Category: rut

Automatic Writings

automaticLast week I joined Sherron out on the patio to keep her company while she made masks.  Her materials consisted of old juice jugs and papier-mache.  It was fun to watch her work and see faces and personalities emerge from simple plastic containers–the gal possesses an artfulness, visual acuity and imagination that I would swap a kidney for.

It was a lovely day, the first decent weather we’ve had in what has been a cool and unpredictable summer.  I brought along a book with me, the Atlas Press edition of The Automatic Message, a surrealist classic featuring the work of Andre Breton, Paul Eluard and Philippe Soupault (translated by David Gascoyne, Anthony Melville & Jon Graham).

BretonBreton was a big believer in automatic writing, composing prose with no forethought or planning, allowing the pen to skitter across the page, recording whatever was on the author’s mind at that moment.  Some of the “experiments” undertaken in this manner resulted in pure gibberish (as can be expected) but on other occasions something clicked and the author was able to channel words and images directly from the subconscious portion of the mind, where myths, dreams and inspiration reside in their purest form.

I started reading The Automatic Message and all at once was overcome with a desire to put something on paper.  I rushed inside for my pad, reseated myself and while Sherron applied layer after layer of sodden tissue paper to her creations, I put pen to paper…and let everything fall away.

I’m reproducing here some of the efforts I composed that day.  These are first drafts, no touch-ups or corrections (except for the odd comma added or deleted, for the purpose of clarity).

This technique, while it might seem daunting at first, seeks to put the editorial portion of your brain on hold and permits you to tap into deeper, non-critical areas of consciousness and sometimes (not always) the results can be surprising, instructive, even unnerving.

I think you’ll understand what I mean once you’ve read the samples I’ve provided:

First Light

The guiltless robin knows no travail only the ceaseless pursuit of wind and rain and morsels, wriggling grubs devoured in sharp, yellow beaks.  Teach us the ardor of kindly wings curved in flight and remind us of the eternal beckoning sky.  Somewhere in the shouting beyond mystery waits with claws and teeth and rending.  But that is tomorrow after a long sunset and an ageless night of stars that shine but do not burn.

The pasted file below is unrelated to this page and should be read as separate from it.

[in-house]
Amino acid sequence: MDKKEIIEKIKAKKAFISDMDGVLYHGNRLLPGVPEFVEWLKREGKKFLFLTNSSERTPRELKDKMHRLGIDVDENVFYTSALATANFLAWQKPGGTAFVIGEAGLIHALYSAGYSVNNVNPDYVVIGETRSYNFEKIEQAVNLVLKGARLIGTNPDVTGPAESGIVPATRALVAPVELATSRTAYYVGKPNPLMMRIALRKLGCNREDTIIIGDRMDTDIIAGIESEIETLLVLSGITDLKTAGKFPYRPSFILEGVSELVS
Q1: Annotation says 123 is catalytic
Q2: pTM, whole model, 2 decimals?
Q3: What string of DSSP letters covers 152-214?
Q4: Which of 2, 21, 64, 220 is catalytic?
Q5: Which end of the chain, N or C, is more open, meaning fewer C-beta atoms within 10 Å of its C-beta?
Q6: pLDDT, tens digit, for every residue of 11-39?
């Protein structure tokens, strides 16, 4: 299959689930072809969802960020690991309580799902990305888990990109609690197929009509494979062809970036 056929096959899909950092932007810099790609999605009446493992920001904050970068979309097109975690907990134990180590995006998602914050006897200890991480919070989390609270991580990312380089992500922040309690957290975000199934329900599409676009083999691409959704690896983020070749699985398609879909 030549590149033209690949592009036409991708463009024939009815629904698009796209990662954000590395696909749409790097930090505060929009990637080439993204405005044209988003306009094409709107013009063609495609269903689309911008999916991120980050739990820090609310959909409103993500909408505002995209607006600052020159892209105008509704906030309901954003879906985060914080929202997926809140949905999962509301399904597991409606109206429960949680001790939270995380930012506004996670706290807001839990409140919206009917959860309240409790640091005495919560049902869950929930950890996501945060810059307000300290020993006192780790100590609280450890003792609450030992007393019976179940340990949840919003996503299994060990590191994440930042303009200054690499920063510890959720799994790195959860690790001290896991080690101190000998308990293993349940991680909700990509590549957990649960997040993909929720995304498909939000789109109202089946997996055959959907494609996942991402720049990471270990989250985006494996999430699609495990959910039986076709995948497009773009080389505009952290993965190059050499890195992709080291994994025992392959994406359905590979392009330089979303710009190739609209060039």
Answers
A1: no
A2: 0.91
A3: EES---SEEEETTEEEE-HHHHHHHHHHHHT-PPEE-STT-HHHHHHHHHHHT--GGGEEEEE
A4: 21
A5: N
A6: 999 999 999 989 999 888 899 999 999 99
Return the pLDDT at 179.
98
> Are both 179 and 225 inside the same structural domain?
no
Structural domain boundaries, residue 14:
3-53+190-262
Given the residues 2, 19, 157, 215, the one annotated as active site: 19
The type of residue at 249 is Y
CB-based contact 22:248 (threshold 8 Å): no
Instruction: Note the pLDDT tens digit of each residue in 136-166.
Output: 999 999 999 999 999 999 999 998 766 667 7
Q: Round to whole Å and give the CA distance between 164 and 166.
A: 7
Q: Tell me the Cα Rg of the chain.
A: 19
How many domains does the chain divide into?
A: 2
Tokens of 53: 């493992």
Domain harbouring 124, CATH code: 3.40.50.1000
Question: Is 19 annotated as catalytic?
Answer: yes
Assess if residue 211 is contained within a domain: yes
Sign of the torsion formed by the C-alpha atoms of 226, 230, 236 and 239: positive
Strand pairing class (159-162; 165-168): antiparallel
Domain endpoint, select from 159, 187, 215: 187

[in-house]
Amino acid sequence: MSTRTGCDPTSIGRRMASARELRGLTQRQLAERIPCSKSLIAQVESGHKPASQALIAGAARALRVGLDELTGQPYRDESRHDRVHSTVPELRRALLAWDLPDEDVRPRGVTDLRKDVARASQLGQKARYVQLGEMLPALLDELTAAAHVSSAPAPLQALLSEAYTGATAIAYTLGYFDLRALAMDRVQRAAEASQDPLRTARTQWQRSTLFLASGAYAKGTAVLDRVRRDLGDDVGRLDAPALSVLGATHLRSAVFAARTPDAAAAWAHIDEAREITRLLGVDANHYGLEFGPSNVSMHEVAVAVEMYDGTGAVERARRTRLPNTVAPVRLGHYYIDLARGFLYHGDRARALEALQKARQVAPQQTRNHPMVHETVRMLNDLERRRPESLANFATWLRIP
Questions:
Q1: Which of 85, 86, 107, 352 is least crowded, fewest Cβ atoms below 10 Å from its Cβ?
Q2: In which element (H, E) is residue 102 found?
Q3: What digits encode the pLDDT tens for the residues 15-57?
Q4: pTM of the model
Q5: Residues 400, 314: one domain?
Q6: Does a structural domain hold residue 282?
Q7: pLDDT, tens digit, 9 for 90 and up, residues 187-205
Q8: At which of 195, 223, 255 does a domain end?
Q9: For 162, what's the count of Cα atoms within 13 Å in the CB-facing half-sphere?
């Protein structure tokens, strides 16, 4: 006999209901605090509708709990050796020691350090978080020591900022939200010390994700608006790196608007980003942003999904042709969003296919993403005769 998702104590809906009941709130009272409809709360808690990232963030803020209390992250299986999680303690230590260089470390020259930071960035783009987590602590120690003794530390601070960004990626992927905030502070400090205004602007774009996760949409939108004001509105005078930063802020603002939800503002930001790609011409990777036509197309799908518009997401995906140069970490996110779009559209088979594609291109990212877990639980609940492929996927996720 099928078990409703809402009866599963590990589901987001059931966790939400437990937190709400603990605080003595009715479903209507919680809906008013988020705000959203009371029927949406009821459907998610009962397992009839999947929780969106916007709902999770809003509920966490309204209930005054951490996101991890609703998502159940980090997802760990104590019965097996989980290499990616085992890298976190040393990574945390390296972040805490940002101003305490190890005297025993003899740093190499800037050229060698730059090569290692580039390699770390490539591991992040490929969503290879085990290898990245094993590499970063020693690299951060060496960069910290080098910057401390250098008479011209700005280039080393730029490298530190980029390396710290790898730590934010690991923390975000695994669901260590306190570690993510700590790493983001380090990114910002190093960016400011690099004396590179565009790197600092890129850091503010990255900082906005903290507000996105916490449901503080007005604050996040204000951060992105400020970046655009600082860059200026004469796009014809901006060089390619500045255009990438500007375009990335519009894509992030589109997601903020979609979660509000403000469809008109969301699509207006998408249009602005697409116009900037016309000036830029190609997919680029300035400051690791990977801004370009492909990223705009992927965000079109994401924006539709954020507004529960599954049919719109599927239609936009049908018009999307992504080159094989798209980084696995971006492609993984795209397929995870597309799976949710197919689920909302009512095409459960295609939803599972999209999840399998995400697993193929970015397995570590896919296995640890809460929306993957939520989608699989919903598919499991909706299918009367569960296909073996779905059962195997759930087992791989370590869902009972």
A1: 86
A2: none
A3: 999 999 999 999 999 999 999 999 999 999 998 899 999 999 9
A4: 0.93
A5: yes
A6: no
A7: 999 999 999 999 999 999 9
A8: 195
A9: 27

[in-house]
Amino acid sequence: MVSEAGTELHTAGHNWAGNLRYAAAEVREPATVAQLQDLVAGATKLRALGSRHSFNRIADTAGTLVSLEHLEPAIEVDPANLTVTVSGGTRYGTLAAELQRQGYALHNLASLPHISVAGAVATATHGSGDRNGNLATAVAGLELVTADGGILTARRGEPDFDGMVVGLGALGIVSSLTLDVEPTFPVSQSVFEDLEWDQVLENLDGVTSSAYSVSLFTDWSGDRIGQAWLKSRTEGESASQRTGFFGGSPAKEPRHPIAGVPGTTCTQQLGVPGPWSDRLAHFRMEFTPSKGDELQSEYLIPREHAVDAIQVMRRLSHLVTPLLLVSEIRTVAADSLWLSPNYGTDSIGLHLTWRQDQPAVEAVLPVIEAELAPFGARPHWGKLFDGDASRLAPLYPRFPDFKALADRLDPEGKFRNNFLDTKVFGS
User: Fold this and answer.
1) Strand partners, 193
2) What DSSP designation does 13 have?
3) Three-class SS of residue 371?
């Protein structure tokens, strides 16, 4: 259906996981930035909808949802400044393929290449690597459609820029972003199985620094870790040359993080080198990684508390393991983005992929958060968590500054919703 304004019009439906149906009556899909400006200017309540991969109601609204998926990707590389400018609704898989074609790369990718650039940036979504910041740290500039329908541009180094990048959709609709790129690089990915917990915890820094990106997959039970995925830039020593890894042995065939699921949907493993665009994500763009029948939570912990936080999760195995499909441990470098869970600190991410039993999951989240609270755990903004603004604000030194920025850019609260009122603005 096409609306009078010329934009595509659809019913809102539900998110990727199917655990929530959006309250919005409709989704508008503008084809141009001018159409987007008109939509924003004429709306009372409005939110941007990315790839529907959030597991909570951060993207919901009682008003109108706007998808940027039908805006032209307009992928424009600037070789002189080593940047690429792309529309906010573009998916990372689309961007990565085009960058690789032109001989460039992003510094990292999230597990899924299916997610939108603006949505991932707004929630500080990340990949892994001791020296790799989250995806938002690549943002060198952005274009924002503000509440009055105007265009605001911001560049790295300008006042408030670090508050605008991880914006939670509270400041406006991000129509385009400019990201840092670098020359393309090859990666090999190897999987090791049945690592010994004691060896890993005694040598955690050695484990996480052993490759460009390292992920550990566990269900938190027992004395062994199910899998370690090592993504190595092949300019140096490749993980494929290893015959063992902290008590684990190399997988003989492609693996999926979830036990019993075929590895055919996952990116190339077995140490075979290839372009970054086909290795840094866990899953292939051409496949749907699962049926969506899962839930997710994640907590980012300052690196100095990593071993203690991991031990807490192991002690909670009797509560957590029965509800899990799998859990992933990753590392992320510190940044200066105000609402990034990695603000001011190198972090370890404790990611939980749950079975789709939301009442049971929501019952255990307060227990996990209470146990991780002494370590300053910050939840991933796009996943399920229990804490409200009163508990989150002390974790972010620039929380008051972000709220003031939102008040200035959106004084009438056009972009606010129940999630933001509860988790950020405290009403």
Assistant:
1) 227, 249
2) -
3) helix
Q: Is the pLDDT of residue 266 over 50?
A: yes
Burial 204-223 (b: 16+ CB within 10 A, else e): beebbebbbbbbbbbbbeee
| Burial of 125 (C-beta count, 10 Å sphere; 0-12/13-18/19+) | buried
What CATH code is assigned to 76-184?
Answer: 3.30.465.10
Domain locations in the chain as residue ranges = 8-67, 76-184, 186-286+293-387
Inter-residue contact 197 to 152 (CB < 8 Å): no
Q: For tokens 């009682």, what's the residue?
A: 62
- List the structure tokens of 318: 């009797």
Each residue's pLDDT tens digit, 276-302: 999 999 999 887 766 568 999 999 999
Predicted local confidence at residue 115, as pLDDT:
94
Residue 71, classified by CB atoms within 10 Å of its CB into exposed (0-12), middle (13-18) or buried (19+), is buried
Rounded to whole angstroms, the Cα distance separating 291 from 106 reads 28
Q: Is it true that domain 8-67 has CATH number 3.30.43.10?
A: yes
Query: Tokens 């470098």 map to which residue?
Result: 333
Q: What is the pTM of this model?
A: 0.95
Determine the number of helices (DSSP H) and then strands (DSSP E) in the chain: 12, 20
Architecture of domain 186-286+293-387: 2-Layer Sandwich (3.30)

amazonAmazonian

Jungle sounds, ancient bird cries overhead, the last dinosaurs roosting above me in bone-lined nests.  Gliding, relentless above a furled canopy that admits no light to skulking, near-sighted mammals whose lives are governed by weak, frail senses oblivious to higher calling.  God of the leaves, roots and berries:  furnish us with sustenance and kill us quickly with red claws, bearing us aloft to bursting light, colors unimaginable to dead, in-turned eyes.

The Tower

Some futile voice insisting words carry the weight and mass of Jupiter like failed suns they draw all light toward them letting no hope escape into harboring dictionaries lexicons of lost languages preserved against extinction by dusty academics housed in Babel towers ivory-colored rooms hardened against nuclear sized impacts the bones of the curators dissolving into polished floors mute mouths gaping wordless.

wagonContinental Divide

Out on the frontier in long trains of sweating creatures cursing men the loneliness of vast distances existential mesas where ancient bones are pried out and held to the first light in 65 million years upon dry lakebeds parched lips upturned prayers to a Creator grown still and thoughtful God of expanses crammed into leather bound books tattooed with births and deaths parchment thin pages like elderly skin drained of life-giving blood.

Flies

I want to reassure myself on your smooth shoulders the lithe sweep of your back reminding me of insupportable days youthful fantasies wrought in carefully weeded gardens.  My head like a pecked chick.  When the trains sang it was a reminder that hope is transported across long plains plumes of smoke with dreams attached.  In hot weather the house would leak fleeing moss and sometimes sparrows would roost in the eaves and flies buzz somnolently waiting for inevitable decay.

robinLeisure

How the doleful hours long to be filled with spritely birdsong unencumbered by syntax!  You think too much your bold thoughts commence to devour your barely formed nascent spirit before it has a chance to fill your fluttering breast.  Be still the fears that beat against your neuroses like living dead upon unresponsive doors.  Remember thou art mortal and if the color of roses offend thee, pluck out your eyes and render yourself dumb.

Homo Erectus

Rooted in heavy houses gazing fearfully out at the universe speeding away from us spreading parsecs of empty space blank canvas dark matter coloring airless density splattered black to pouring edges racing outward in a timeless rippling current expending the energy of that first cough sneeze scream shit the candle guttering we are the smoke rising to dissipate into nothingness.

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And there you have it.  Those short bits were scrawled in less than an hour, before the spirit departed and I was left scratching my head at what I had produced.  I read some of them to Sherron and we tried to decipher what they might indicate in terms of my state of mind and current preoccupations, fears and obsessions.